Defenders of Wildlife v. U.S. Dept. of Interior, No. 18-8061 (10th Cir. 2020)

Annotate this Case
Justia Opinion Summary

At the heart of this case was governmental jurisdiction over one percent of state- and privately owned land within the Grand Teton National Park’s exterior boundaries - collectively called “inholdings.” In consolidated appeals, the Tenth Circuit was tasked with resolving administrative challenges to two actions taken by Defendant-Appellee National Park Service (“NPS”) regarding the management of wildlife on the Park’s inholdings. Appellants challenged NPS’s 2014 determination that 36 C.F.R. 2.2 - a wildlife regulation that prohibited hunting in national parks - did not apply to the Park’s inholdings, based on what NPS had concluded was its lack of jurisdiction over wildlife management on those lands. The Appellants contended the NPS did possess such jurisdiction, and that its determination otherwise was contrary to law and arbitrary and capricious under the Administrative Procedure Act (the “APA”). The second agency action was challenged only by appellant Conservation Association, concerning the Joint Elk Reduction Program - a plan under the joint auspices of NPS and the State of Wyoming, aimed at controlling the Park's elk-herd population. The district court rejected both challenges to the two NPS actions, finding as an initial matter, that Appellants possessed standing to challenge both actions, but they failed to show that either of the contested actions was contrary to law or arbitrary and capricious, and therefore affirmed NPS’s actions in full. After review, the Tenth Circuit held: (1) NPS’s determination that 36 C.F.R. 2.2 did not apply to Park inholdings was not contrary to law or arbitrary and capricious; and (2) the Conservation Association lacked standing to challenge NPS’s approval of the 2015 Elk Reduction Program. Accordingly, the Court affirmed the district court with respect to NPS’s section 2.2 determination. Furthermore, the Court dismissed the portion of the appeal pertaining to NPS’s approval of the 2015 Elk Reduction Program, and remanded with instructions to the district court to vacate that portion of the judgment, and dismiss the Conservation Association’s claim thereof without prejudice.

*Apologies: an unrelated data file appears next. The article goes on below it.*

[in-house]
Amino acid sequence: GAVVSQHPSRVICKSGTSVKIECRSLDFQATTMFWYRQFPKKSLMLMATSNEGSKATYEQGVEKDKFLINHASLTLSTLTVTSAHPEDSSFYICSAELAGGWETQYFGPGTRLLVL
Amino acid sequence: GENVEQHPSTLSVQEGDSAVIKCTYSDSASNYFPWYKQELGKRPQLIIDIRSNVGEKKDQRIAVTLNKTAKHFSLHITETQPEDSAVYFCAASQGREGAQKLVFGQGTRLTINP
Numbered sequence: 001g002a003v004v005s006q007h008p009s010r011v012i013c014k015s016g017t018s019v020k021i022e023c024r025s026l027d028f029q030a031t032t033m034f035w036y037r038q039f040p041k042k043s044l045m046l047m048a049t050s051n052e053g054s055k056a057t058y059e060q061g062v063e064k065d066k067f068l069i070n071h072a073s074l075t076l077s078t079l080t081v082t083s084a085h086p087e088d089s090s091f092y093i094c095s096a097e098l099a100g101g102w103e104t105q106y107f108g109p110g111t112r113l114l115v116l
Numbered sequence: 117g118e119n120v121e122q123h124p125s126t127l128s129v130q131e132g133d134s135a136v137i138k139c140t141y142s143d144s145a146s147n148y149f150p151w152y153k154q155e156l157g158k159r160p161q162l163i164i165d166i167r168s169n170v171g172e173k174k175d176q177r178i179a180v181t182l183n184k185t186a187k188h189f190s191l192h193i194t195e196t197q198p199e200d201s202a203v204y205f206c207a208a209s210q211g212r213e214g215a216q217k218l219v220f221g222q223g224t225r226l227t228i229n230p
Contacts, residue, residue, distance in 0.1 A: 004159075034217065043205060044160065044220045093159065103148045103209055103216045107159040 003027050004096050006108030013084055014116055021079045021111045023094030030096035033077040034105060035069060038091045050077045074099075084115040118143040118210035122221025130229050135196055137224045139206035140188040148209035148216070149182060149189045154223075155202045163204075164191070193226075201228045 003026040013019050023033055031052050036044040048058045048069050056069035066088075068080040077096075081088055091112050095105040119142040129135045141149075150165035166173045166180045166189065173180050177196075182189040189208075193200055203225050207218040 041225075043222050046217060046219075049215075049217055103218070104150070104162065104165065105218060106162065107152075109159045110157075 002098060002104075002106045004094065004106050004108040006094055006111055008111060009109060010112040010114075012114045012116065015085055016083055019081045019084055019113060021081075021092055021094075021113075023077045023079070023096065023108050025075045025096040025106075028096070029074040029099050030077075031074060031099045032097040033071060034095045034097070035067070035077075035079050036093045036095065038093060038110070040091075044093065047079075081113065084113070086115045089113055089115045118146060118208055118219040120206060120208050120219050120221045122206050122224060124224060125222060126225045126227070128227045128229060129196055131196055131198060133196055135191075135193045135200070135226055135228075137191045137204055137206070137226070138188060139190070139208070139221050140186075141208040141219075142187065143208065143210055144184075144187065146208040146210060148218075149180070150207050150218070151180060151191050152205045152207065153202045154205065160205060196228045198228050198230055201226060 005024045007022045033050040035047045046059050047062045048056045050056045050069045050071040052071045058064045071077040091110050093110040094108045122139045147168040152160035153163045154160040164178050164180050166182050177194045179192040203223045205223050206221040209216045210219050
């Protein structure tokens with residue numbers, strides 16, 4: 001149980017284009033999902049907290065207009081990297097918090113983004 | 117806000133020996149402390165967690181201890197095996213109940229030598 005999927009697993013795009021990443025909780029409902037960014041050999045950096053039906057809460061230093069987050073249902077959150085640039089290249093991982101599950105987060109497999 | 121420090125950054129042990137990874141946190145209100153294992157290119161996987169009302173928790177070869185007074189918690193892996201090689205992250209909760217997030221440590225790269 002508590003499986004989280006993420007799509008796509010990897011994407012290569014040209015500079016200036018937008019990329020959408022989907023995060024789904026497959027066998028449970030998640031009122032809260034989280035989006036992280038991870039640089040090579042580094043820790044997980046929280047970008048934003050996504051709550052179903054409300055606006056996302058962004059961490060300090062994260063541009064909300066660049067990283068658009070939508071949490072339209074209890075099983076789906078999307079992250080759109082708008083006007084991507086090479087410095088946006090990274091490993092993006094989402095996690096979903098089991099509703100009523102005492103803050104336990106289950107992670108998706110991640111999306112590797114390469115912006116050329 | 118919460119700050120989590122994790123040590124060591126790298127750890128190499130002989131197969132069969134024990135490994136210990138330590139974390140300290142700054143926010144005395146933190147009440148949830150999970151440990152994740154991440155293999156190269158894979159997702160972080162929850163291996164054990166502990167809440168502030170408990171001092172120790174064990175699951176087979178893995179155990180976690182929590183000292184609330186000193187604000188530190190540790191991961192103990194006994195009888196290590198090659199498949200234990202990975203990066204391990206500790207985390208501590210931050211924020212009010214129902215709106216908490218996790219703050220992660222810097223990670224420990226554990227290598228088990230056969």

Download PDF